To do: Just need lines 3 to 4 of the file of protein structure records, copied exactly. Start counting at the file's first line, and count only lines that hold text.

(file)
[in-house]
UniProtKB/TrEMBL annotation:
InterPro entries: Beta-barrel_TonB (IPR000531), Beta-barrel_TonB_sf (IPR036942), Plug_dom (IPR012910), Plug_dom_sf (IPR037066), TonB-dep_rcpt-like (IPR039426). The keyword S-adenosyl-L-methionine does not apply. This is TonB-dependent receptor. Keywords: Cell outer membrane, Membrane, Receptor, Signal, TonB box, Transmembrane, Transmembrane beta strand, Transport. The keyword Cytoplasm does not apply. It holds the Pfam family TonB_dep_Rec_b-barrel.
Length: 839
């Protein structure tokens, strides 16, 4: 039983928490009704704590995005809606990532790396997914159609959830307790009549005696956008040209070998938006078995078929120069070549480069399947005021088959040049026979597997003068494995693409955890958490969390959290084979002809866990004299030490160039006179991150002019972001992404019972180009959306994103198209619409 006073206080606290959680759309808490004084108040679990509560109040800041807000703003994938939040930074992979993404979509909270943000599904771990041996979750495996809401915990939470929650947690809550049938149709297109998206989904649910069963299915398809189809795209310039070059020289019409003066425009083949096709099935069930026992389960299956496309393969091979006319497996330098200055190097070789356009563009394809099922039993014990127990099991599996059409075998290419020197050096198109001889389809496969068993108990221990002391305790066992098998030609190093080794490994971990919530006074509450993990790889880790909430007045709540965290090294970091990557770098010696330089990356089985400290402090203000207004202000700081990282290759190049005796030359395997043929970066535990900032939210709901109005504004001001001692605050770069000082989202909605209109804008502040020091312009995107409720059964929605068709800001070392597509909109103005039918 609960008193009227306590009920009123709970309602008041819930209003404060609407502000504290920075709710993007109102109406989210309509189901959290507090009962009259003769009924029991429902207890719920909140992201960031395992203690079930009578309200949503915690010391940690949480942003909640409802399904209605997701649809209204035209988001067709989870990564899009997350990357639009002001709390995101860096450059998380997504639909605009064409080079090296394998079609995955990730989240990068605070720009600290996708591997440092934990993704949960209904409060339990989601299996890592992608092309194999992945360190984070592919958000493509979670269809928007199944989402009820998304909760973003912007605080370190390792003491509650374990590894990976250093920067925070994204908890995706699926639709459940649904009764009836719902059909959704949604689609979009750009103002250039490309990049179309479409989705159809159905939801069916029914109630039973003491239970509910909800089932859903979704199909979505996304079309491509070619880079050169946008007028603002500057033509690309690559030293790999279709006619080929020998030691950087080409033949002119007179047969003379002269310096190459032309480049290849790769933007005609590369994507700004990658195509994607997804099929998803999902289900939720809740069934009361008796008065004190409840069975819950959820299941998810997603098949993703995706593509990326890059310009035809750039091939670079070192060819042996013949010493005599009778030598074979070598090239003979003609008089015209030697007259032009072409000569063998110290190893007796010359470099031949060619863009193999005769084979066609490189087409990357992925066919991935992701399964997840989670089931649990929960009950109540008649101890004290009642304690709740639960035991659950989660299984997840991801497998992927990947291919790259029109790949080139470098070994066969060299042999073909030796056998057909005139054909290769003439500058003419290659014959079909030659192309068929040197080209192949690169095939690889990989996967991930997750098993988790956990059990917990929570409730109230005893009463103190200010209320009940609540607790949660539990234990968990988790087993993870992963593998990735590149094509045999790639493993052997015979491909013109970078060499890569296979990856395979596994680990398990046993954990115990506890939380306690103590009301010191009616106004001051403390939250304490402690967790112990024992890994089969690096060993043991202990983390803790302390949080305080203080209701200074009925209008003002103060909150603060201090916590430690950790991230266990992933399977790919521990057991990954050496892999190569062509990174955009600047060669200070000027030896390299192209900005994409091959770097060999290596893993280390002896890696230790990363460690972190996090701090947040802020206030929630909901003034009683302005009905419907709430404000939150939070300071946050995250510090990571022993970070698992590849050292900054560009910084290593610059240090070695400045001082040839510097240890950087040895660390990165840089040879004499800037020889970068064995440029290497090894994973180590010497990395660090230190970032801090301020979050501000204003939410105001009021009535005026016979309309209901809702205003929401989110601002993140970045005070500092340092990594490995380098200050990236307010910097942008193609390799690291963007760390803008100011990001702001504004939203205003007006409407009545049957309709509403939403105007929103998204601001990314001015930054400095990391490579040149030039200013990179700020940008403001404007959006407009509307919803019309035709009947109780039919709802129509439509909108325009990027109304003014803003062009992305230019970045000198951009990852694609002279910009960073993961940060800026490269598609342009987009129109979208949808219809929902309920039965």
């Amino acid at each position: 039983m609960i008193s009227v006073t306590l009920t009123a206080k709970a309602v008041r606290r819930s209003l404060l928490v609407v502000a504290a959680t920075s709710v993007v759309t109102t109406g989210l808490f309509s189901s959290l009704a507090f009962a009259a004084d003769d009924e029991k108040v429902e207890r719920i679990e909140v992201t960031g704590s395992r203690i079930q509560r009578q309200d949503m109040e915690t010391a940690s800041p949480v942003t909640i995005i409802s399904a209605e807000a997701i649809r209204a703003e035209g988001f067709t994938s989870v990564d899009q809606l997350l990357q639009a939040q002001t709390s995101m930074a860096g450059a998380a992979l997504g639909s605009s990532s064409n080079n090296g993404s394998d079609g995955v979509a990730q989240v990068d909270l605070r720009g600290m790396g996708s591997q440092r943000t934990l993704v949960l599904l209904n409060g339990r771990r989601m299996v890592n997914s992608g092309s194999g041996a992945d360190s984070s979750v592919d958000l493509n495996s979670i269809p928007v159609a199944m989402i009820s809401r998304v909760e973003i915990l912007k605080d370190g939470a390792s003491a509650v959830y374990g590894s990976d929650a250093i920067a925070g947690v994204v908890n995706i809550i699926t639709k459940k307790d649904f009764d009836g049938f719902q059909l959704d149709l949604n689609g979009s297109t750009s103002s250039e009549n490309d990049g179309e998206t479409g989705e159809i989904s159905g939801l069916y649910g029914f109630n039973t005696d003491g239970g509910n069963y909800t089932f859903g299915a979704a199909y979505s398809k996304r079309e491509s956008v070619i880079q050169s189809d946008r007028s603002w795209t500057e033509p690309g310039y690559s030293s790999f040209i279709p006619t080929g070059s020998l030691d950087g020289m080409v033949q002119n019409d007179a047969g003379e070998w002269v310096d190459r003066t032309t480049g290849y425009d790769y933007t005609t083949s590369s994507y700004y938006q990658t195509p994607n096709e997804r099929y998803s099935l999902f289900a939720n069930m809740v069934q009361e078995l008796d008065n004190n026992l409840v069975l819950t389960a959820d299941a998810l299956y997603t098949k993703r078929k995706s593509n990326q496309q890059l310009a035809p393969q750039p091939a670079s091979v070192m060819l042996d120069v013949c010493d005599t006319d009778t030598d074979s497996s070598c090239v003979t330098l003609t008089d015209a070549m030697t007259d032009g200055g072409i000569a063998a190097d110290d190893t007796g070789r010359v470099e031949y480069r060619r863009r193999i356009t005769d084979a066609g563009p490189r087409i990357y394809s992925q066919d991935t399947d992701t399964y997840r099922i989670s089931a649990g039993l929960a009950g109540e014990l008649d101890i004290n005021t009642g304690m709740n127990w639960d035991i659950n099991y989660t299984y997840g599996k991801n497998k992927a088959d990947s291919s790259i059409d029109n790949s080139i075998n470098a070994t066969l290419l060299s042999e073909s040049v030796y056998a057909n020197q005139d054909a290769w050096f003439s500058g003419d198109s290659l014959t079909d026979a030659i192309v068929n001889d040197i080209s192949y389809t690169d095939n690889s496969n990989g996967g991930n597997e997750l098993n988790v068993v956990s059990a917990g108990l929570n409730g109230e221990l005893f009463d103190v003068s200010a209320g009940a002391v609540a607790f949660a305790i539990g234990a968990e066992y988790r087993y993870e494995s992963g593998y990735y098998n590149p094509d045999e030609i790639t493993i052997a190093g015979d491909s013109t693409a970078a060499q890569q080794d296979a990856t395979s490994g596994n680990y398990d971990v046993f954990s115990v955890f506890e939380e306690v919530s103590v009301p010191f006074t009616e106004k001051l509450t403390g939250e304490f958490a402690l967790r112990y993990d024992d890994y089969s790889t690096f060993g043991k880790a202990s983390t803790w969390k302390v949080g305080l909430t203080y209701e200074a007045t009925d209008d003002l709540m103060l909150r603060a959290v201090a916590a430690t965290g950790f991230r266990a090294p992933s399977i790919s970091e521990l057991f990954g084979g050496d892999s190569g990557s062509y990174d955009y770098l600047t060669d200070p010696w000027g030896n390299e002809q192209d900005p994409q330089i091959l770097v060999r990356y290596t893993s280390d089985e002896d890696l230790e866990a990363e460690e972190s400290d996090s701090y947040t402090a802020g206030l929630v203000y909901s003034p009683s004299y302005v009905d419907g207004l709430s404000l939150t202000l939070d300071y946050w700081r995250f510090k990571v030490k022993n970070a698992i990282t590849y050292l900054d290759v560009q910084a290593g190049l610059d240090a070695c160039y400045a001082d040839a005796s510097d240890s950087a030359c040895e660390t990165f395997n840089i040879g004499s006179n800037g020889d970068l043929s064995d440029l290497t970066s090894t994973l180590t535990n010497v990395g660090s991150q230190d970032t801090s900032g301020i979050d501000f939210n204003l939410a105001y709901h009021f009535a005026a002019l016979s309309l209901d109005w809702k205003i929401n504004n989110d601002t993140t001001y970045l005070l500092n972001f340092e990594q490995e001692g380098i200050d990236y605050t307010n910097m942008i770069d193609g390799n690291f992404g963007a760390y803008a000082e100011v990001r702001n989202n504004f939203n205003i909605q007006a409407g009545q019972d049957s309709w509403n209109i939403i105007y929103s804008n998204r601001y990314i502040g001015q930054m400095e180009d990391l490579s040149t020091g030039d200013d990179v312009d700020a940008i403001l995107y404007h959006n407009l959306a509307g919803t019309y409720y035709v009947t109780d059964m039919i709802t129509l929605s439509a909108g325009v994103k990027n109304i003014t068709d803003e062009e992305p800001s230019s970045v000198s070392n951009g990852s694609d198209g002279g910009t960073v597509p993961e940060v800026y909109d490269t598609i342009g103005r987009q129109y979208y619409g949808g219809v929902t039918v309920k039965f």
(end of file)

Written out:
InterPro entries: Beta-barrel_TonB (IPR000531), Beta-barrel_TonB_sf (IPR036942), Plug_dom (IPR012910), Plug_dom_sf (IPR037066), TonB-dep_rcpt-like (IPR039426). The keyword S-adenosyl-L-methionine does not apply. This is TonB-dependent receptor. Keywords: Cell outer membrane, Membrane, Receptor, Signal, TonB box, Transmembrane, Transmembrane beta strand, Transport. The keyword Cytoplasm does not apply. It holds the Pfam family TonB_dep_Rec_b-barrel.
Length: 839